There is no logical or constitutional basis for denying a duly elected member of Congress the right to select the holy book he chooses to use in taking his oath of office.
In January, all 435 newly elected members of the House of Representatives will take the same oath, pledging to preserve, protect and defend the Constitution of the United States.
Most House members will choose to pronounce the oath on some version of the Bible -- often bringing along a cherished volume of their own that represents an honored family heirloom.
Other congressmen may opt to employ the constitutionally mandated phrase "I do solemnly affirm" -- as opposed to "I do solemnly swear," explicitly authorized in Article II, Section I -- and will use no holy book for the purposes of their oath-taking.
This year, one newly elected House member -- Keith Ellison of Minnesota, the first Muslim ever elected to Congress -- will choose to take his oath of office on his own sacred scripture, the Koran.
Some religious conservatives have made themselves look terrible -- mean-spirited and intolerant and theocratic -- by objecting to this innocuous gesture, and generating a phony controversy over longstanding traditions of religious pluralism.
A number of leaders and organizations on the right (including the powerful American Family Organization) have begun arguing that Mr. Ellison "should not be allowed" to use his Koran in taking his oath of office.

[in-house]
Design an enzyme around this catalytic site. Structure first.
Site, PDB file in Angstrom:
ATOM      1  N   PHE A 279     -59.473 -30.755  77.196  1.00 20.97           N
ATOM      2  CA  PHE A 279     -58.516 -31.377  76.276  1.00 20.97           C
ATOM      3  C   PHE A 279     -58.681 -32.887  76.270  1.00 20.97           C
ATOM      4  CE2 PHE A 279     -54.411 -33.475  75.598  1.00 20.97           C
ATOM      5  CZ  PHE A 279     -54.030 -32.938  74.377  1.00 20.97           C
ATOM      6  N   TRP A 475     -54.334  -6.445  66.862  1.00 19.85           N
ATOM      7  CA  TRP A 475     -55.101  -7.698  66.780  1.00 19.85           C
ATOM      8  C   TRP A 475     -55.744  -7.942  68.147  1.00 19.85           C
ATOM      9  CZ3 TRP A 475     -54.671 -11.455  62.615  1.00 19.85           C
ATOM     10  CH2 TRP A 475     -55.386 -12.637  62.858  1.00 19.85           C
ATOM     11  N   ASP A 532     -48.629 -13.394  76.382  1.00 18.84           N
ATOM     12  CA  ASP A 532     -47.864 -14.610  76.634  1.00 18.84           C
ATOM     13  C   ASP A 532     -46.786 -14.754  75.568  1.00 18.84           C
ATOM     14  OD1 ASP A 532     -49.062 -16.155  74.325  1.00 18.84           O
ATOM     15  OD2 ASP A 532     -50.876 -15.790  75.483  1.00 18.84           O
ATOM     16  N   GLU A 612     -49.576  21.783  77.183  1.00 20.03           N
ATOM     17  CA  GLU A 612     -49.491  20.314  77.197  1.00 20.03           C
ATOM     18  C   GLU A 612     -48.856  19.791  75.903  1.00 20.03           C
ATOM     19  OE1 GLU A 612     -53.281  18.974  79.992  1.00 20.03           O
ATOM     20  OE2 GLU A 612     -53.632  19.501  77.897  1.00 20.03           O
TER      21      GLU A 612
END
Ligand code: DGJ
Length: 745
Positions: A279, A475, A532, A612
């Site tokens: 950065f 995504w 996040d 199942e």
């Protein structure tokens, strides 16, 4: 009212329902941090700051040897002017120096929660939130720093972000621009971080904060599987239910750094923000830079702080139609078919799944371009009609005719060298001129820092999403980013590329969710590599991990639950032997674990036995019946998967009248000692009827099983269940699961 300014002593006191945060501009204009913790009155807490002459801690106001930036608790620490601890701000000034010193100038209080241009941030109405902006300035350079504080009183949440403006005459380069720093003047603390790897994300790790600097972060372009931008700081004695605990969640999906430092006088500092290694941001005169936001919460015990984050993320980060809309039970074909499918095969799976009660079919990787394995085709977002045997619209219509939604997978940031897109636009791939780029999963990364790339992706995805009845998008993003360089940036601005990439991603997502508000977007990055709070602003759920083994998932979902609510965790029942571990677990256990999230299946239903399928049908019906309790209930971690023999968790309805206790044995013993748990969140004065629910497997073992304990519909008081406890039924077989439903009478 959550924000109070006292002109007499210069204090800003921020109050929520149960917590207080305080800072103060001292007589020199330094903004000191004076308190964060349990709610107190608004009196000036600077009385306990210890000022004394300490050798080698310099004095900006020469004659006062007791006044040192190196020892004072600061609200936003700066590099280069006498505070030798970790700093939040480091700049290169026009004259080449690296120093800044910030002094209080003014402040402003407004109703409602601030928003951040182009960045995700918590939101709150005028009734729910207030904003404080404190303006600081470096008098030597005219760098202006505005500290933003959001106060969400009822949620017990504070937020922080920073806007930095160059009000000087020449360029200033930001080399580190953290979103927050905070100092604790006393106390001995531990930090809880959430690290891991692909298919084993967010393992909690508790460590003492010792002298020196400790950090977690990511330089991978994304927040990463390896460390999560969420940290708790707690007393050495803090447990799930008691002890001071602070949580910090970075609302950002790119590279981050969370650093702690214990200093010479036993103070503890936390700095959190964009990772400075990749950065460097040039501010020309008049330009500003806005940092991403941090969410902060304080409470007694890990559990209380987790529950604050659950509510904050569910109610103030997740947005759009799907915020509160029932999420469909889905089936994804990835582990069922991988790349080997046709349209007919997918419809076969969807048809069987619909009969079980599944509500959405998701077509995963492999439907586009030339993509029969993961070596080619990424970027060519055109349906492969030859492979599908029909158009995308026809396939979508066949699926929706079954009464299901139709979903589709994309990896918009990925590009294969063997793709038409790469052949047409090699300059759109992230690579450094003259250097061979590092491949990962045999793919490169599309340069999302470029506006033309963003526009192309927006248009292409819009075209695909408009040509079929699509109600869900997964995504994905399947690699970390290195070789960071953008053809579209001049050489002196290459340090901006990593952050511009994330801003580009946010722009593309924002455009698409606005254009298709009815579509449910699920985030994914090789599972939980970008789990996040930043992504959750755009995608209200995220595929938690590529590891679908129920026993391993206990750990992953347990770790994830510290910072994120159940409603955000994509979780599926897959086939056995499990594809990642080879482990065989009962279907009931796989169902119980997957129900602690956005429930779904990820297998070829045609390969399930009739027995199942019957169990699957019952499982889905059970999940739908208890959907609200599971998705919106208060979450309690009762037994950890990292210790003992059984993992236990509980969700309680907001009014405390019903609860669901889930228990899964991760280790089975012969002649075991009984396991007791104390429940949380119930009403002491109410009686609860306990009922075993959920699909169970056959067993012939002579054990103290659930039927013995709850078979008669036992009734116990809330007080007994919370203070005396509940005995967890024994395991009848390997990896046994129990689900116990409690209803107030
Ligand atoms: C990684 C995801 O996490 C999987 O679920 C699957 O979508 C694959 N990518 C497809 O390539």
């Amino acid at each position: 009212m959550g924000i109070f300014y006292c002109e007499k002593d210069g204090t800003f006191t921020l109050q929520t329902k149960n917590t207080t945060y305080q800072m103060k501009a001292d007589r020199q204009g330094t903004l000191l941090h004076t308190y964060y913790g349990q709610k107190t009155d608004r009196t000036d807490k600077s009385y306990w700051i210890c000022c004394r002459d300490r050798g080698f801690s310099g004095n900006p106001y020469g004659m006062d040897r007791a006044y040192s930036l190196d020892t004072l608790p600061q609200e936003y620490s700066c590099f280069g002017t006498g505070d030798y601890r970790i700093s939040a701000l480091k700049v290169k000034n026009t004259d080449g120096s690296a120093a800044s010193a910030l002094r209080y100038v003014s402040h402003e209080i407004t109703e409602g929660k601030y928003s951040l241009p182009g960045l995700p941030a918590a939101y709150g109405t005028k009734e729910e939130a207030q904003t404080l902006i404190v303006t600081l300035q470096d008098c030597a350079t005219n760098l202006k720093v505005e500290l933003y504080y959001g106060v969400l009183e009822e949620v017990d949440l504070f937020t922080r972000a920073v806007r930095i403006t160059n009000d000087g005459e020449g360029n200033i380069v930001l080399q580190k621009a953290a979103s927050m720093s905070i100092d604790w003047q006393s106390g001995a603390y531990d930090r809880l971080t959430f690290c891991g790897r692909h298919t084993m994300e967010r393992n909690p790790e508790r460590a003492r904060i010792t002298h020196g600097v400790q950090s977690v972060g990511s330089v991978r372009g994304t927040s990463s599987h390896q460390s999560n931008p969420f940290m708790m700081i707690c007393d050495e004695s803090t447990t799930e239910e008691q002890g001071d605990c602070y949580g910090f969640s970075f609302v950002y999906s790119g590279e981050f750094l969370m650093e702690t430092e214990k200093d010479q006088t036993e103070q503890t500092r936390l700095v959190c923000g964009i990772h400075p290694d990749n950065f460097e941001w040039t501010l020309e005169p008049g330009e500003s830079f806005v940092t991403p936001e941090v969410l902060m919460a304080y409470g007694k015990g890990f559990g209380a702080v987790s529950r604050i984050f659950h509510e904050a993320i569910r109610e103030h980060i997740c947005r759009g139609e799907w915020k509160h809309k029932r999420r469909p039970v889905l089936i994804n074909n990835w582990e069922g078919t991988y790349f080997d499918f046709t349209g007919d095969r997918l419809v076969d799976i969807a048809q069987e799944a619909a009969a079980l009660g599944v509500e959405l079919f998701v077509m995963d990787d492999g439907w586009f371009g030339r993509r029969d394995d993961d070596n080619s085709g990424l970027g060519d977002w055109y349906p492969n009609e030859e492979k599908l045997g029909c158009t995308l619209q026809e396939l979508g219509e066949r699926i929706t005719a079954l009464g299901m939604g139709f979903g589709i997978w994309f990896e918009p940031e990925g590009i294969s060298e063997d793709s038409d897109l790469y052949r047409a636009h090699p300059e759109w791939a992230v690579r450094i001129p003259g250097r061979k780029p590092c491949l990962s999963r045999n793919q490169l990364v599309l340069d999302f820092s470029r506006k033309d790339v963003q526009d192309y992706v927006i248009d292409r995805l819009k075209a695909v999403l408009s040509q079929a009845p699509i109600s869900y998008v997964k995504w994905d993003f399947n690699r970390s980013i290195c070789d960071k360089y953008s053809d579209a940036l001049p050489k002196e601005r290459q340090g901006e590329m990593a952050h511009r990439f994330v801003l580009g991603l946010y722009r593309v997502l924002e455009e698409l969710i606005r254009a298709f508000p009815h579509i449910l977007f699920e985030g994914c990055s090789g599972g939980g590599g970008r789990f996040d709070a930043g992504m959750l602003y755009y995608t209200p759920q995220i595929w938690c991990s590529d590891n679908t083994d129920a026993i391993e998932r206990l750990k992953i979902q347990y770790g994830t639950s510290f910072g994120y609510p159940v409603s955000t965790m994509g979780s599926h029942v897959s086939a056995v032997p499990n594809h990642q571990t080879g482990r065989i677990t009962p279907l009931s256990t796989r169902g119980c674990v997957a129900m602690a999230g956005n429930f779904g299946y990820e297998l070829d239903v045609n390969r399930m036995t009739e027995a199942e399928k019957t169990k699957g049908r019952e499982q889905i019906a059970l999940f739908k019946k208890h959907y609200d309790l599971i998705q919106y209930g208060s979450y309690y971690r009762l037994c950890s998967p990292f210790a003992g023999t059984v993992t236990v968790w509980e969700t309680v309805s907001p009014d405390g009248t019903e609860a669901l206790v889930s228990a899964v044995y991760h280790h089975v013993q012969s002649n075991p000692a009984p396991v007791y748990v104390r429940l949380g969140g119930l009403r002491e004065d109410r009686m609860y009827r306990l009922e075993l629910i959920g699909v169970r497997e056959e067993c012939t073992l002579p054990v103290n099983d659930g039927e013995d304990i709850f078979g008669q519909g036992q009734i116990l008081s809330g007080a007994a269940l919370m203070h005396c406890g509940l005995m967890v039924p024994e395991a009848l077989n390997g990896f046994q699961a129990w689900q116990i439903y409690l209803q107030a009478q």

My good friend and highly respected talk radio colleague Dennis Prager goes so far as to suggest that this personal choice "undermines American civilization" and "will embolden Islamic extremists and make new ones, as Islamists, rightly or wrongly, see the first sign of the realization of their greatest goal -- the Islamicization of America."
It is hard to see how the prospect of one House member out of 435 using his Koran to swear allegiance to the Constitution represents the "Islamicization" of anything.
If some Muslim fanatics insisted that we change our currency to bear the legend "In Allah We Trust," or demanded that government cafeterias stop serving daytime food during the fasting month of Ramadan, that would represent an outrageous attempt to Islamize the nation.
Michael Medved is a film critic, best-selling author, host of the nationally syndicated "Michael Medved Show," and a contributing editor at Townhall.com.
But Congressman Ellison has never asked to impose any aspect of his faith on anyone else, or on the public at large. He's requested an ordinary courtesy: the ability to bring his own holy book for the purpose of reciting an oath (an oath that remains word-for-word unchanged in his recitation.)
If this personal decision represents the "Islamicization" of the society, then what does my friend Dennis make of the yearly invitations to Muslim Imams to conduct opening prayers for the House or Senate? We've also seen White House celebrations under both Clinton and Bush of major Muslim feasts (Eid al Adha and Eid al Fitr) in which Presidents publicly honor Islamic traditions.
There's even a stamp from the US Post Office to celebrate Islamic holidays -- complementing similar stamps that honor Christmas, Hanukah and Kwanzaa.